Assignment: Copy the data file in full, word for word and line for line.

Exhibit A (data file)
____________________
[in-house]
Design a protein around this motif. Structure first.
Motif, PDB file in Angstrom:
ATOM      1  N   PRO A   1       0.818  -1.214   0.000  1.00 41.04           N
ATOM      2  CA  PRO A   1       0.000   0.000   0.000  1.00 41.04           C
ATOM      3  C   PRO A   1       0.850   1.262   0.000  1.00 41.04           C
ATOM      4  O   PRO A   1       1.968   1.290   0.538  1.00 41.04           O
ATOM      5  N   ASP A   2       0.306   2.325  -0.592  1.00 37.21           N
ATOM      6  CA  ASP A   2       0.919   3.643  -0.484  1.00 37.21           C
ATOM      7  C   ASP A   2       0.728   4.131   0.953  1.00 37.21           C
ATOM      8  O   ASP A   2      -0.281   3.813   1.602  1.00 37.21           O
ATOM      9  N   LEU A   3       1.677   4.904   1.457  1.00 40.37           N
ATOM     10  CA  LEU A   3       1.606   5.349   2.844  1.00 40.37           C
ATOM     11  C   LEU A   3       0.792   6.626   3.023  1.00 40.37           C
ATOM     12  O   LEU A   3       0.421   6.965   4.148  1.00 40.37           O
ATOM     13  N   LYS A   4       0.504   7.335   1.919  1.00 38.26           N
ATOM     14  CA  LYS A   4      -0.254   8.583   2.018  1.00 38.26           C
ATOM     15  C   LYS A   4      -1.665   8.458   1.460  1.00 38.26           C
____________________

[in-house]
Design a protein around this motif. Structure first.
Motif, PDB file in Angstrom:
ATOM      1  N   PRO A   1       0.818  -1.214   0.000  1.00 41.04           N
ATOM      2  CA  PRO A   1       0.000   0.000   0.000  1.00 41.04           C
ATOM      3  C   PRO A   1       0.850   1.262   0.000  1.00 41.04           C
ATOM      4  O   PRO A   1       1.968   1.290   0.538  1.00 41.04           O
ATOM      5  N   ASP A   2       0.306   2.325  -0.592  1.00 37.21           N
ATOM      6  CA  ASP A   2       0.919   3.643  -0.484  1.00 37.21           C
ATOM      7  C   ASP A   2       0.728   4.131   0.953  1.00 37.21           C
ATOM      8  O   ASP A   2      -0.281   3.813   1.602  1.00 37.21           O
ATOM      9  N   LEU A   3       1.677   4.904   1.457  1.00 40.37           N
ATOM     10  CA  LEU A   3       1.606   5.349   2.844  1.00 40.37           C
ATOM     11  C   LEU A   3       0.792   6.626   3.023  1.00 40.37           C
ATOM     12  O   LEU A   3       0.421   6.965   4.148  1.00 40.37           O
ATOM     13  N   LYS A   4       0.504   7.335   1.919  1.00 38.26           N
ATOM     14  CA  LYS A   4      -0.254   8.583   2.018  1.00 38.26           C
ATOM     15  C   LYS A   4      -1.665   8.458   1.460  1.00 38.26           C